Parental Embodied Mentalizing (PEM) regards parents’ nonverbal capacity to understand the infant's bodily manifested mental states and adjust his or her own movements accordingly. Little is known about how mothers suffering from postpartum depression (PPD) mentalize the infant on an embodied level. The aims of the present study were to investigate whether mothers meeting criteria for a PPD diagnosis differ from non-clinical mothers in regard to their PEM capacities and whether the severity of depressive symptoms was associated with PEM in mothers meeting criteria for a PPD diagnosis compared to non-clinical mothers. 10-minute long lab-based face-to-face interactions were coded with the PEM coding scheme at 4-months postpartum in mother-infant dyads with mothers meeting criteria for a PPD diagnosis (n = 29) and non-clinical mothers (n = 51). Results showed that mothers with and without a PPD diagnosis differ in their capacity to mentalize on an embodied level, but only when controlling for scores on the Edinburgh Postnatal Depression Scale (EPDS). However, more depressive symptoms as measured with the EPDS was not in itself associated with lower PEM in either group. This finding may indicate the presence of a threshold effect, i.e. that maternal PEM may be affected only when a certain degree of severity and duration in depressive symptoms is beyond a certain threshold. The importance of the findings in regard to the assessment of depression as well as more clinical perspectives are discussed.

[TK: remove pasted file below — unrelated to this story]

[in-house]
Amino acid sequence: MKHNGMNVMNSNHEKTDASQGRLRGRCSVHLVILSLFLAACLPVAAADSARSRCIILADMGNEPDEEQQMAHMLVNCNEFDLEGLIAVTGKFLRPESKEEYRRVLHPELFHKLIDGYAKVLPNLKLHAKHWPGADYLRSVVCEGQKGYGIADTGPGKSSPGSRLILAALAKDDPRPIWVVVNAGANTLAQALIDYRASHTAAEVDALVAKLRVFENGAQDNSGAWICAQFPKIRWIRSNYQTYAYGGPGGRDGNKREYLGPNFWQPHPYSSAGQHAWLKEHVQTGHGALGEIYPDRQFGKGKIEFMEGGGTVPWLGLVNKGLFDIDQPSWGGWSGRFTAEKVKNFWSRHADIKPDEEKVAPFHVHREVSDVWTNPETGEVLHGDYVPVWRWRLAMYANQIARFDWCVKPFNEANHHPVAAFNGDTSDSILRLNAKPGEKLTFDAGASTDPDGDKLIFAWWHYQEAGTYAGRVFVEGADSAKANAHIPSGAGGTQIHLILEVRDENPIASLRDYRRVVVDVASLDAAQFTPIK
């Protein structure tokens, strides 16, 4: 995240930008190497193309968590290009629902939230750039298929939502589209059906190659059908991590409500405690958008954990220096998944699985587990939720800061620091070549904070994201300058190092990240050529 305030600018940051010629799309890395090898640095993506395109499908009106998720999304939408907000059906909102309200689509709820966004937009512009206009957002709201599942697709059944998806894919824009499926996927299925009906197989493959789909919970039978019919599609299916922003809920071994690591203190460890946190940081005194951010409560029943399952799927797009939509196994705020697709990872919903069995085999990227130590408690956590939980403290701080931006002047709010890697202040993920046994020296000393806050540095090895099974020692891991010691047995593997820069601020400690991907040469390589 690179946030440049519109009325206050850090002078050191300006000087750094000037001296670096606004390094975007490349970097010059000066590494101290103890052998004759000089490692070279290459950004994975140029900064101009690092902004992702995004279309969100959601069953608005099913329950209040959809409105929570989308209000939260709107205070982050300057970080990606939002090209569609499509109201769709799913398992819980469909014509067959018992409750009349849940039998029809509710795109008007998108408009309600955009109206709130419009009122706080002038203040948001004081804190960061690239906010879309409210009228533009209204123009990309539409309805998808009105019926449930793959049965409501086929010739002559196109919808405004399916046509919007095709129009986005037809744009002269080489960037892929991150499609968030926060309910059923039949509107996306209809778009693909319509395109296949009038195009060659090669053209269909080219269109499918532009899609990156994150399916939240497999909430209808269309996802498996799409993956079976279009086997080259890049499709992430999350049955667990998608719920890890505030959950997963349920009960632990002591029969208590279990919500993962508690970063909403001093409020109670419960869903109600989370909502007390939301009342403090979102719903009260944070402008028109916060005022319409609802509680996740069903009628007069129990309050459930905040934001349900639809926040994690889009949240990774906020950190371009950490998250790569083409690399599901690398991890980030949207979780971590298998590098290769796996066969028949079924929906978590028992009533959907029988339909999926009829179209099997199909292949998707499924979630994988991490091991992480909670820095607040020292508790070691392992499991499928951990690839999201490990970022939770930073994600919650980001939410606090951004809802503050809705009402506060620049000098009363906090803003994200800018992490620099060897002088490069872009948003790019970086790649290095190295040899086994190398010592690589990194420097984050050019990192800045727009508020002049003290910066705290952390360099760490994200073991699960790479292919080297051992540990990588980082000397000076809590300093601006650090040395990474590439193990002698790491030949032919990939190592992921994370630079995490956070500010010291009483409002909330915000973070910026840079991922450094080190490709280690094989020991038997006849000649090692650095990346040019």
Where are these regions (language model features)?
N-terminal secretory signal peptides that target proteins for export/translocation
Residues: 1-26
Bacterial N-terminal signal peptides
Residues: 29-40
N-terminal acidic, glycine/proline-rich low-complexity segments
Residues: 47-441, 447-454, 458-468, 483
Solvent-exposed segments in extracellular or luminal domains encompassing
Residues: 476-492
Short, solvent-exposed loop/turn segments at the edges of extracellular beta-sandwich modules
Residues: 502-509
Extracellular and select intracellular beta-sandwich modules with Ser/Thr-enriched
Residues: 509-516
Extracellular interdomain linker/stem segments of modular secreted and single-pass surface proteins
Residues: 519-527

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- Mother-infant interaction
- Parental Embodied Mentalizing
- Postpartum Depression
ASJC Scopus subject areas
- Developmental and Educational Psychology